Background: Although several randomized controlled trials (RCTs) have supported the beneficial effects of higher meal frequency (MF) on cardiometabolic risk factors, the putative effects of higher MF on health remain inconclusive. This study systematically reviewed the evidence from RCTs of the effect of higher compared with lower MF on the blood lipid profile, glucose homeostasis, and adipokines. Methods: PubMed, Scopus, ISI Web of Science, and the Cochrane database were searched up to October 2020 to retrieve relevant RCTs. A DerSimonian and Laird random effects model was used to pool mean differences and 95% CI for each outcome. The quality of studies and evidence was assessed through standard methods. Results: Twenty-one RCTs (686 participants) were included in this meta-analysis. Overall results showed a significant improvement in total cholesterol [weighted mean difference (WMD) = −6.08 mg/dl; 95% CI: −10.68, −1.48; P = 0.01; I2 = 88%], and low-density cholesterol (LDL-C) (WMD = −6.82 mg/dl; 95% CI: −10.97, −1.60; P = 0.009; I2 = 85.7%), while LDL-C to high-density cholesterol ratio (LDL-C: HDL-C) increased (WMD = 0.22; 95% CI: 0.07, 0.36; P = 0.003; I2 = 0.0%) in higher MF vs. lower MF. No significant effects were found on measures of glycemic control, apolipoproteins-A1 and B, or leptin. In subgroup analyses, higher MF significantly reduced serum triglyceride (TG), and increased HDL-C, compared with lower MF in interventions > 12 weeks, and decreased serum TC and LDL-C in healthy participants. A significant reduction in LDL-C also was observed in studies where the same foods given both arms, simply divided into different feeding occasions, and in feeding studies, following higher MF compared to lower MF. Conclusion: Our meta-analysis found that higher, compared with lower MF may improve total cholesterol, and LDL-C. The intervention does not affect measures of glycemic control, apolipoproteins-A1 and B, or leptin. However, the GRADE ratings of low credibility of the currently available evidence highlights the need for more high-quality studies in order to reach a firm conclusion.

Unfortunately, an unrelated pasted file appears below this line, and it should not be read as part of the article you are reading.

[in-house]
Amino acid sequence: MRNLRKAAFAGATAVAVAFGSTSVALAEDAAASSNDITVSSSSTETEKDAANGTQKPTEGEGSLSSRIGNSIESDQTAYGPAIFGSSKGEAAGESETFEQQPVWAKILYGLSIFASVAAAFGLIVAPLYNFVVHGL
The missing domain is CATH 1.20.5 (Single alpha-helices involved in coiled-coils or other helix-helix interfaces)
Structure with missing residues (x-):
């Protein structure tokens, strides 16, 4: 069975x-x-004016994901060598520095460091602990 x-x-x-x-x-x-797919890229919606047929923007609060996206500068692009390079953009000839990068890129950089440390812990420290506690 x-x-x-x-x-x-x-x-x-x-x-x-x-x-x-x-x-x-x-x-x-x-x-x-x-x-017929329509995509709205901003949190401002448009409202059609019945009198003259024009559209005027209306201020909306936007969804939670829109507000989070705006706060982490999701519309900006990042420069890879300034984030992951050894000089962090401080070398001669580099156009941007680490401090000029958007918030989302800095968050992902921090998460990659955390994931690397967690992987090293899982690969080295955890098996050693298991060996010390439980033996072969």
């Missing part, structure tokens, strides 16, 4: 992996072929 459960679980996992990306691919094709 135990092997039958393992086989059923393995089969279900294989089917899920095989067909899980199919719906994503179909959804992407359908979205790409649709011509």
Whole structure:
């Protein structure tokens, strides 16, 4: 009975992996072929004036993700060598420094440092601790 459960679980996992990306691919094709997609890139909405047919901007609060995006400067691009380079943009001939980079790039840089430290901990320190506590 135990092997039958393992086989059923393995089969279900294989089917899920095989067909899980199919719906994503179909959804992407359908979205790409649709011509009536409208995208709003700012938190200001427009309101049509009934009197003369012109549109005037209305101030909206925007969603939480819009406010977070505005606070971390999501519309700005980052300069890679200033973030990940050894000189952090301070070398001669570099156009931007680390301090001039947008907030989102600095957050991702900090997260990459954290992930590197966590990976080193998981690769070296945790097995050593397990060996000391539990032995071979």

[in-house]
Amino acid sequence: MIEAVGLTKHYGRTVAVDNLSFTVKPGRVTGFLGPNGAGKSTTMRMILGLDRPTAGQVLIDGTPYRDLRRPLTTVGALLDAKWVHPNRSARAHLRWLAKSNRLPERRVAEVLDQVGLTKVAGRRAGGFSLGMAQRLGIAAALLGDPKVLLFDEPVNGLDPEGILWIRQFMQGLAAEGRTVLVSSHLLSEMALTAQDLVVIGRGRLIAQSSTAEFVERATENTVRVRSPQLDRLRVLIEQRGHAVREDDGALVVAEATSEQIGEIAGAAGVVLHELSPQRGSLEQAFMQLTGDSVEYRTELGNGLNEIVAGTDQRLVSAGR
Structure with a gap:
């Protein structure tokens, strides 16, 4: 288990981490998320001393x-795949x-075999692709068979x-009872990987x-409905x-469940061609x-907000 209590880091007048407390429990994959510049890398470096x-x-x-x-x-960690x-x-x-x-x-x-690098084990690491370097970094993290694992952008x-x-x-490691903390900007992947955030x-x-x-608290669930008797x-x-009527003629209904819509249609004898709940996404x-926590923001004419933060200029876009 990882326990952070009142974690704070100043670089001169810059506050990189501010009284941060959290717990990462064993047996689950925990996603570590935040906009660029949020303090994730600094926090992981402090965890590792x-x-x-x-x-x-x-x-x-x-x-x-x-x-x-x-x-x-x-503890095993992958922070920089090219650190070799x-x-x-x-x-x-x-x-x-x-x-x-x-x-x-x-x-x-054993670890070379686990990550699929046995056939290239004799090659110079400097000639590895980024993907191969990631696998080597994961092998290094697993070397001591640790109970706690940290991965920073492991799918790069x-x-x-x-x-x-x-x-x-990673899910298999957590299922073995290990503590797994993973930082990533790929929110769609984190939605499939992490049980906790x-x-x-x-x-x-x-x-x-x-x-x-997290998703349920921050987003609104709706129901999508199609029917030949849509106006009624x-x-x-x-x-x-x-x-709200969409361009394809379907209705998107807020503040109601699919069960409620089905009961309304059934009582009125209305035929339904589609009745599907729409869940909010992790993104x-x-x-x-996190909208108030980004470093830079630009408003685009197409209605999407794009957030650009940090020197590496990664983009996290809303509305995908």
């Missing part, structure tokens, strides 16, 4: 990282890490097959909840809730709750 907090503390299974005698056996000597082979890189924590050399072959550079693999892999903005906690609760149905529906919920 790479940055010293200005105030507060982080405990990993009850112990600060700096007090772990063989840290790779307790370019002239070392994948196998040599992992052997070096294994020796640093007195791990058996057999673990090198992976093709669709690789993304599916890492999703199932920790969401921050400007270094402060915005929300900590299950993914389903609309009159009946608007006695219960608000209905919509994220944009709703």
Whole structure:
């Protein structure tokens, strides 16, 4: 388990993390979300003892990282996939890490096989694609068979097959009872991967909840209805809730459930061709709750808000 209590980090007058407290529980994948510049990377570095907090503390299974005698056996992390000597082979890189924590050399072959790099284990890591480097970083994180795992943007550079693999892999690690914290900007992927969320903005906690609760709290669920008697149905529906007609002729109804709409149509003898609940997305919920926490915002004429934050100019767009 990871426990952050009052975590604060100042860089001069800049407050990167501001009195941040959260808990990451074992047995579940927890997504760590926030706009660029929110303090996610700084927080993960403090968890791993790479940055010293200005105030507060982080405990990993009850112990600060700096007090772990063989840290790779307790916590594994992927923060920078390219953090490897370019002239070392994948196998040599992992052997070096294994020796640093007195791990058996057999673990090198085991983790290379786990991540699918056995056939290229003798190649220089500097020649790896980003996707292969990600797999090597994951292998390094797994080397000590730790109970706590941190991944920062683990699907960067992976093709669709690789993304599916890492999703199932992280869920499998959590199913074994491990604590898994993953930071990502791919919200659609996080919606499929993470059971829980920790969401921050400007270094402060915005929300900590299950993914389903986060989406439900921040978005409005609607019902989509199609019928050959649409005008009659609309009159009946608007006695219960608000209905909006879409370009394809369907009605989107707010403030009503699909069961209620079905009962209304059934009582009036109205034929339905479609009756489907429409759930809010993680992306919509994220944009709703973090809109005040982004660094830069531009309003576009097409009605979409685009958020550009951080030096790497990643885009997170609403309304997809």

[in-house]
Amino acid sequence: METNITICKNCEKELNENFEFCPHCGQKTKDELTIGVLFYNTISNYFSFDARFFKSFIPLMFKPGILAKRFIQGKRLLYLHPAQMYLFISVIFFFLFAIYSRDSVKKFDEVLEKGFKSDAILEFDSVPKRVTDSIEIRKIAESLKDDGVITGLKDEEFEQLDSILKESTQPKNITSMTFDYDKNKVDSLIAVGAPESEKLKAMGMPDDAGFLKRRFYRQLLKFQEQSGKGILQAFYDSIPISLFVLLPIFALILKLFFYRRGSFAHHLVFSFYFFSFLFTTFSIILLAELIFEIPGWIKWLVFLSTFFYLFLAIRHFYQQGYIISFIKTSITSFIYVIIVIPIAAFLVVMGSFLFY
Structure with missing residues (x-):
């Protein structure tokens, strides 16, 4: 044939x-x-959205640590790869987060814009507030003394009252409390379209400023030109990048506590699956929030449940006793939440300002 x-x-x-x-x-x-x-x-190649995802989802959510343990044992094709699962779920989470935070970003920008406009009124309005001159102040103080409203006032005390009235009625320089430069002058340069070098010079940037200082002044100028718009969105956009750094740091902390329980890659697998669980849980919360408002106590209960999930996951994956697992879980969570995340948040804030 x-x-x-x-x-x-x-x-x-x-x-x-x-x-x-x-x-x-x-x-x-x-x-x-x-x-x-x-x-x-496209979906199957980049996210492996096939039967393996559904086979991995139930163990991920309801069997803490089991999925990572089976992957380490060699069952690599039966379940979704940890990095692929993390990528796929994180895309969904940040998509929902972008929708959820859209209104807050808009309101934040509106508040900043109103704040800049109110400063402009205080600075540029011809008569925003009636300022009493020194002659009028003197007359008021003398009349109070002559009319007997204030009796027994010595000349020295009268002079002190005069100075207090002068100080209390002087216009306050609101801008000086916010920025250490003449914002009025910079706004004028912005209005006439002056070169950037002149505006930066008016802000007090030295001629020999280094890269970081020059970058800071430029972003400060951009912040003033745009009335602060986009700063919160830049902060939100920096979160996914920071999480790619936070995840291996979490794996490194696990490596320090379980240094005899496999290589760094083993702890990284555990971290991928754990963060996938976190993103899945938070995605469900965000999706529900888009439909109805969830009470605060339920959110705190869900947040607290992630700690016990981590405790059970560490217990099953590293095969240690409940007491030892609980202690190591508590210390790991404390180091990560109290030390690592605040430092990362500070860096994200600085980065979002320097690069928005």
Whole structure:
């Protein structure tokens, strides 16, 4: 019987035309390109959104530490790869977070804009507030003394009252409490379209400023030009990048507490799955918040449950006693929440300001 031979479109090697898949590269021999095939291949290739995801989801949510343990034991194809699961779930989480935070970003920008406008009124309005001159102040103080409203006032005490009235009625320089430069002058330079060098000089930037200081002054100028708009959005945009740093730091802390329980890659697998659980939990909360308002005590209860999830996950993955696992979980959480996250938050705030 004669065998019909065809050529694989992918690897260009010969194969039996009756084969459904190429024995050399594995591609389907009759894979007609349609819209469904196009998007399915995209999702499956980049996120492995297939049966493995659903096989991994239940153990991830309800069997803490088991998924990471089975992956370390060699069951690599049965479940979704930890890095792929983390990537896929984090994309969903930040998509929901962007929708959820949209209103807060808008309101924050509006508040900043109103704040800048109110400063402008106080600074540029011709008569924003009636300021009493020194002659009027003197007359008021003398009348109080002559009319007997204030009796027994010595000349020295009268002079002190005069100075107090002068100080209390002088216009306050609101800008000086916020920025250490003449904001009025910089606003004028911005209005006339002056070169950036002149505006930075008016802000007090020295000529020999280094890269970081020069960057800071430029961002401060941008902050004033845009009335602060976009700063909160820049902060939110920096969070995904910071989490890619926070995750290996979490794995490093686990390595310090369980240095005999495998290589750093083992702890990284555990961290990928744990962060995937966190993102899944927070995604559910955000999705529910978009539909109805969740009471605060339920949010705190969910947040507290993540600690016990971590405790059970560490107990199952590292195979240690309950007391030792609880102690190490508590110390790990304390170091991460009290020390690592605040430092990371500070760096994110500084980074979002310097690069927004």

Bibliographical noteNOTICE: this is the author’s version of a work that was accepted for publication in Clinical Nutrition. Changes resulting from the publishing process, such as peer review, editing, corrections, structural formatting, and other quality control mechanisms may not be reflected in this document. Changes may have been made to this work since it was submitted for publication. A definitive version was subsequently published in Clinical Nutrition, 40:5 (2021)
© 2021, Elsevier. Licensed under the Creative Commons Attribution-NonCommercial-NoDerivatives 4.0 International http://creativecommons.org/licenses/by-nc-nd/4.0/
FunderNorth Khorasan University of Medical Sciences, Bojnurd, Iran; which are thanked for their financial support (980205).
- Blood glucose
- Meal frequency
ASJC Scopus subject areas
- Nutrition and Dietetics
- Critical Care and Intensive Care Medicine